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Progressive Rock CD Reviews

Beppe Crovella

What’s Rattlin’ on the Moon

Review by Gary Hill

This CD is fully instrumental and for the most part is Crovella’s interpretations of Soft Machine music. Much of this is nearly RIO in nature. It is also a bit of a challenge to listen to – at least actively listen to because in some ways a lot of it is quite similar. Still, it’s enjoyable and fans of Soft Machine should eat it up, but so should fans of avante garde keyboard music in general.

This review is available in book format (hardcover and paperback) in Music Street Journal: 2010  Volume 2 at

Track by Track Review

Ambient space rock elements start this off and it grows gradually from there. It turns out into a more rocking, but still quite weird arrangement. There is a definite RIO element to this, but also hints of King Crimson here and there. There are some odd vocals later and this just plain works through some unusual material.

Chloe And The Pirates

Another keyboard solo, this one is less RIO like and more melodic. It isn’t what you’d call mainstream by any means, though. It feels at times a bit like Tangerine Dream and at others like something from Tomita, but there is also a classical element on display.

All White

This begins quite jazz-like and that motif carries it for quite a while, but then it gets into more noisy fusion territory and wanders towards RIO. Still, there are bits that call to mind Keith Emerson here and there and I also hear a lot of King Crimson in the mix.

The Man Who Waved At Trains

In some ways this doesn’t differ a lot from some of the other music. It’s jazz oriented keyboard dominated instrumental work. There is a cool little shuffle at the end, though and the track is overall perhaps a bit more melodic than some of the other stuff.

As If

Waves of keyboard textures start this in a motif that calls to mind movie soundtracks and Rick Wakeman. It turns toward more Keith Emerson-like jazz influenced jamming later, though. It goes out in a lot of seemingly free form directions from there.

Hibou, Anemone And Bear

Vaguely Crimson-like elements lead us off in a free form sort of exploration that’s at once both spacey and noisy. After a while it works to some ambient noises and then a new section that’s a bit reminiscent of Yes and also Red era King Crimson takes over. This doesn’t stay around long, though, taking us instead to a piano dominated jazz oriented motif. It turns later to a run at computer like noises – again calling to mind Tomita. That ends it.


String like keyboards that make me think a bit of Yes at times, but also of Red era Crimson rise up and this track begins to evolve from there. A piano melody that’s pretty and quite jazz oriented enters and dominates for a while. It turns out toward more space oriented territory later. Further along weird sounds and piano seem to fight for dominance. It turns later into something that’s closer to a bluesy rock jam for a while. Again I can hear Keith Emerson at times. Just before the six minute mark it turns another corner into a Vangelis like bit of dramatic atmosphere. It changes again into something closer to synthesized symphonic music.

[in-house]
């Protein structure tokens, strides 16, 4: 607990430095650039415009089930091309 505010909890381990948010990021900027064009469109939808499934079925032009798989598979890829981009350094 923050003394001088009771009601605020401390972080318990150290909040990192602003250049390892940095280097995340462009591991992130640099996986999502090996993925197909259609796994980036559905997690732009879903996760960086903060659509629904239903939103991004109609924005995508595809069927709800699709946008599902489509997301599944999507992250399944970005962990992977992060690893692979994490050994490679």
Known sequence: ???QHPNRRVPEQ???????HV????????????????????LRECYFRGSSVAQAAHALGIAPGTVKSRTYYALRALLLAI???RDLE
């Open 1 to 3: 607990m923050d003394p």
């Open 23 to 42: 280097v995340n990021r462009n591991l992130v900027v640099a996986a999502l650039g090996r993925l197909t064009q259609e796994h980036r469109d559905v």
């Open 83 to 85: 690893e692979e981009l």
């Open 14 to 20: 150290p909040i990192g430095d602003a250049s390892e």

This is the most accessible and melodic piece of music to this point. It’s a highlight of the set and at times makes me think of Yes.

Esther's Nose Job

As this one comes in I’m reminded of something from Jon Lord of Deep Purple or perhaps Vanilla Fudge. After a while this turns to something closer to Keith Emerson, but eventually wanders out into more RIO territory. Bits of real jazz emerge here and there. Beyond that it shifts to more pure progressive rock, but still in the ambient zone in a lot of ways. It continues to evolve and change working through a number of different motifs.

Slightly All The Time

At over nine and a half minutes in length, this is the longest piece on show here. This enters in a mellow jazzy mode that’s still quite atmospheric. Hints of Jon Lord type organ emerge here and there. It gets quite seemingly random at times, but then around the three and a half minute mark a new (more rocking) sound emerges. Well, it actually comes out tentatively at first, threatening to emerge, but not really shining for a while. It gets a little spooky at times. It wanders out into more spacey jazz stylings later, calling to mind Pink Floyd a bit.

Leonardo's E-Mail

Seemingly backwards tracked sounds lead out here and then we’re taken into a rather bluesy sort of keyboard jam from there. It changes and is altered and recreated as this continues.


One of the most accessible melodies on show here, this instrumental is almost catchy and has a mainstream ballad element to it. Still, there are some unique things going on, too.

Many Moons, Many Junes

Another rather catchy melody, this is more of an energized one and does manage to get a little stranger, while still maintaining an accessible quality.

Lunar Impression

A piano solo, this starts off as more pure jazz it turns towards strangeness at the end and seems to basically segue into the next track.

Circular Lines In The Air

The weird RIO elements of the previous piano solo continue on this track, another piano solo. It really feels like an expansion and continuation of the themes from the later half of the last piece.

Moon Geezers (to Elton & Hugh)
Another piano solo, this one is more melodic and essentially pure jazz.
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